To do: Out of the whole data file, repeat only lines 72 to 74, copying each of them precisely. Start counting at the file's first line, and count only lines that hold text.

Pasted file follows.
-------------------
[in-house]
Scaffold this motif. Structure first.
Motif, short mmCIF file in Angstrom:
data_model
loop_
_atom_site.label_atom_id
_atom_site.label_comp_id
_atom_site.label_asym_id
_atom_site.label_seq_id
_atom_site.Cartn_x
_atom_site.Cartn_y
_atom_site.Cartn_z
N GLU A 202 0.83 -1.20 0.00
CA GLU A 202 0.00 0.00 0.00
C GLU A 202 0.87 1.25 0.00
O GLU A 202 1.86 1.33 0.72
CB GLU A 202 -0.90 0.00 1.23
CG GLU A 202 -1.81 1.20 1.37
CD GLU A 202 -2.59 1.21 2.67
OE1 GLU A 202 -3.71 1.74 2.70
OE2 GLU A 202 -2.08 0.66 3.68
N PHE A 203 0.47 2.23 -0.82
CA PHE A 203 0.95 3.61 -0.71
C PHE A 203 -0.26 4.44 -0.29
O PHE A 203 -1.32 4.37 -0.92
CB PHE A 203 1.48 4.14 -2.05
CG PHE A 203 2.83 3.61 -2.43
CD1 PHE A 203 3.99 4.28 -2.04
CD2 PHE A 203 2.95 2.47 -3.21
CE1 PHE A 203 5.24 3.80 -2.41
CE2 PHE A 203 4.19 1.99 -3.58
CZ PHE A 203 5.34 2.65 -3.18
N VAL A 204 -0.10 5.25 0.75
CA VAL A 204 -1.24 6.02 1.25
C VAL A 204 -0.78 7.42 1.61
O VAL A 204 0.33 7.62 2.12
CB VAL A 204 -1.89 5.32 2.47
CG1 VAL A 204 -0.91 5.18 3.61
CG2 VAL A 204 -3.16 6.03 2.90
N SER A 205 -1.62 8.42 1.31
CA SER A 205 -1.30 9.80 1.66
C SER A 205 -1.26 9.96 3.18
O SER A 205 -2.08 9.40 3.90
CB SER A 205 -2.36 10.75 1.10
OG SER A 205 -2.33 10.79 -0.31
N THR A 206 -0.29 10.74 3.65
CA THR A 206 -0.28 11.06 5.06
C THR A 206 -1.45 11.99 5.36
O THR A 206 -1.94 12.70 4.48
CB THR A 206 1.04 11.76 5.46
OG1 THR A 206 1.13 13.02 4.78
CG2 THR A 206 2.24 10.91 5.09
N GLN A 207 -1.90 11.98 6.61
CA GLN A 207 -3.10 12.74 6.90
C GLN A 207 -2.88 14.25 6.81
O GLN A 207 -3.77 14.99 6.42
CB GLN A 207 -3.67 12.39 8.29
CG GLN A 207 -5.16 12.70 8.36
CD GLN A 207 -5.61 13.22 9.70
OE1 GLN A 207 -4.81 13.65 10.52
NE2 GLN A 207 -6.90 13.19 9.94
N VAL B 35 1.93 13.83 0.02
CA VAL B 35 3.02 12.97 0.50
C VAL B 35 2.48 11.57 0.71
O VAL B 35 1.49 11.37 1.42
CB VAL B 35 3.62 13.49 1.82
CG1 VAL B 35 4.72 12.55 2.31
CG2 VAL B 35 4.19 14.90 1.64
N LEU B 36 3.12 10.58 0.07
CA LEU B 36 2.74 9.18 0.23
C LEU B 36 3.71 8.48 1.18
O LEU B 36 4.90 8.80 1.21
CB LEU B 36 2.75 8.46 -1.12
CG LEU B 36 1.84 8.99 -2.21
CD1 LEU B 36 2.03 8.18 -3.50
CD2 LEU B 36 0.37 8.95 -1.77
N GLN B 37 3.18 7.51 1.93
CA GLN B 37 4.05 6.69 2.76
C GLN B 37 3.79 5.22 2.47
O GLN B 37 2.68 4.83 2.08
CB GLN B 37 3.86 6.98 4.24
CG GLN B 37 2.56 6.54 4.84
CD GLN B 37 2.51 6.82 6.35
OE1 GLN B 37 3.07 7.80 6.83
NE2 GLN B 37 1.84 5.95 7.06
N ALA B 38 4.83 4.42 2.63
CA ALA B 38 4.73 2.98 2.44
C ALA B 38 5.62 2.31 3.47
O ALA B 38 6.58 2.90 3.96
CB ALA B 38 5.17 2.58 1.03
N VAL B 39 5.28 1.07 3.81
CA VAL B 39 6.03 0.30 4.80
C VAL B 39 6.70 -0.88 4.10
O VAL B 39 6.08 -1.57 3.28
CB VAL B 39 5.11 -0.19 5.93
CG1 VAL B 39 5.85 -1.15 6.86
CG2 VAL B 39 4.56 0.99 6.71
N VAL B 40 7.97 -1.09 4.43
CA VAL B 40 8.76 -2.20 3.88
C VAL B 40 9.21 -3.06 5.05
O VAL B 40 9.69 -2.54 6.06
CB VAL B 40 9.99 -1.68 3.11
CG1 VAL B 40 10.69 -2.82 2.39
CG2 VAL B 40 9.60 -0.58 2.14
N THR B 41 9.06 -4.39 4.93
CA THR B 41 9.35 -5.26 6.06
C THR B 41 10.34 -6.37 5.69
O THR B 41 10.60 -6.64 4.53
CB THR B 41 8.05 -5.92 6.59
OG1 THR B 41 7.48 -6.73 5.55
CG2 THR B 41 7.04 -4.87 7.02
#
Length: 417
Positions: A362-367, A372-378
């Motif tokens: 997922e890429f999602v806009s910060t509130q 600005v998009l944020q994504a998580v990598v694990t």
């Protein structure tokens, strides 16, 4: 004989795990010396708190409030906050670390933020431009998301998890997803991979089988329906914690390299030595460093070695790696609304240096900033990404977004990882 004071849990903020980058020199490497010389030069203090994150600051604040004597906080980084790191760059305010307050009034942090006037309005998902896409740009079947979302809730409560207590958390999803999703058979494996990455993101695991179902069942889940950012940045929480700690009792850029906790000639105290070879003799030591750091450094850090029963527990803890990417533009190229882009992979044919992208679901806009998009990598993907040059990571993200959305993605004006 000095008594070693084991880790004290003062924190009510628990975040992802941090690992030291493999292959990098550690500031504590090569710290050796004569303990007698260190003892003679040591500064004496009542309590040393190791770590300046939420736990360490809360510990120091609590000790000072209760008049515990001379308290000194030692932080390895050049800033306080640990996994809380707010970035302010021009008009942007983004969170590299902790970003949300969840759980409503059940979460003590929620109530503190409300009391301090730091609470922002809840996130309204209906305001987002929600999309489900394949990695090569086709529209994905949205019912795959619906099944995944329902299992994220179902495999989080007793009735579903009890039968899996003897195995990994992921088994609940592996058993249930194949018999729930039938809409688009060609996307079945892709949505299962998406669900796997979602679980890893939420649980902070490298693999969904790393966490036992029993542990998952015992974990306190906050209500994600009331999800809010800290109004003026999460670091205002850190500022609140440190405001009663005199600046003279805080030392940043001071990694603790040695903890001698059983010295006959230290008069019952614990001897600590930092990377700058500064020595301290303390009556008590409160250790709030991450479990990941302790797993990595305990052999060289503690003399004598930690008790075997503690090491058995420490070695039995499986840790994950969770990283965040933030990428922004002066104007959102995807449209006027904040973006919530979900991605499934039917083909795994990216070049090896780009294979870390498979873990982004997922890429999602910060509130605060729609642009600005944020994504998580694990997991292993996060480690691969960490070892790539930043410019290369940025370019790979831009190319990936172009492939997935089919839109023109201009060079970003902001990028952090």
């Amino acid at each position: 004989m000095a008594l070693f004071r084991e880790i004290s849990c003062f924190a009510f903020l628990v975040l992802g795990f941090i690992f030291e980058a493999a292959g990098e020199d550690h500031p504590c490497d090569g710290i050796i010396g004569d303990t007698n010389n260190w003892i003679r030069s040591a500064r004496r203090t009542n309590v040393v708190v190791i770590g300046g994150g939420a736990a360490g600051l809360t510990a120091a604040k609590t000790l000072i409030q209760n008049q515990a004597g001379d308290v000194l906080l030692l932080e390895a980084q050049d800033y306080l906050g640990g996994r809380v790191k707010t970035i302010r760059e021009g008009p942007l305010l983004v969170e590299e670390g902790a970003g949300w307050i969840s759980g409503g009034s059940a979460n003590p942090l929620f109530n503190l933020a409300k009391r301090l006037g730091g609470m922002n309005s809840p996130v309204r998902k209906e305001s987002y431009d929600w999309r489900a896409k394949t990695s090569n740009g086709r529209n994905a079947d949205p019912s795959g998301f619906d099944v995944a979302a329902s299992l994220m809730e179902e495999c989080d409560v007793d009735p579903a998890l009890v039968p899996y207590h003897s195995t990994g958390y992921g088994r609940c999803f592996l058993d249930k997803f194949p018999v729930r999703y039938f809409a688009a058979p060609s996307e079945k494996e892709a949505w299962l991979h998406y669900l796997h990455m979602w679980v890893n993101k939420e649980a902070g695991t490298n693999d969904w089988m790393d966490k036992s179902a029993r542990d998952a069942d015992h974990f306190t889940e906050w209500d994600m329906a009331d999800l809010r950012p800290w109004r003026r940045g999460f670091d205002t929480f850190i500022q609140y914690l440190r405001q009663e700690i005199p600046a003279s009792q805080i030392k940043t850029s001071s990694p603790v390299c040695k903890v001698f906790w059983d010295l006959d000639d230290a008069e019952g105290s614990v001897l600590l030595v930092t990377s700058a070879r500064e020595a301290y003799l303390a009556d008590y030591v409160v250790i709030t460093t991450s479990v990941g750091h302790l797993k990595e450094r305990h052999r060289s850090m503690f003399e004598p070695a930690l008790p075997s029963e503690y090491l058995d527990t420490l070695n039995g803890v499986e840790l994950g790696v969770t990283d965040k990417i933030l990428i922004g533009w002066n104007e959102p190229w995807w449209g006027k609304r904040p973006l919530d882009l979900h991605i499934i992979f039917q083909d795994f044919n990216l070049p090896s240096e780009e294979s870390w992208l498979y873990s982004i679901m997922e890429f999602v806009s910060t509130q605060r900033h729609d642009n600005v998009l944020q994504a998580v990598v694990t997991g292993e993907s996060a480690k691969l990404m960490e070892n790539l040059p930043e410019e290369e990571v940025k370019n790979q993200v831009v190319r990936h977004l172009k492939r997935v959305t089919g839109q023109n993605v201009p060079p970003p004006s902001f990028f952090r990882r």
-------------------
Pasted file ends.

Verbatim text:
O LEU B 36 4.90 8.80 1.21
CB LEU B 36 2.75 8.46 -1.12
CG LEU B 36 1.84 8.99 -2.21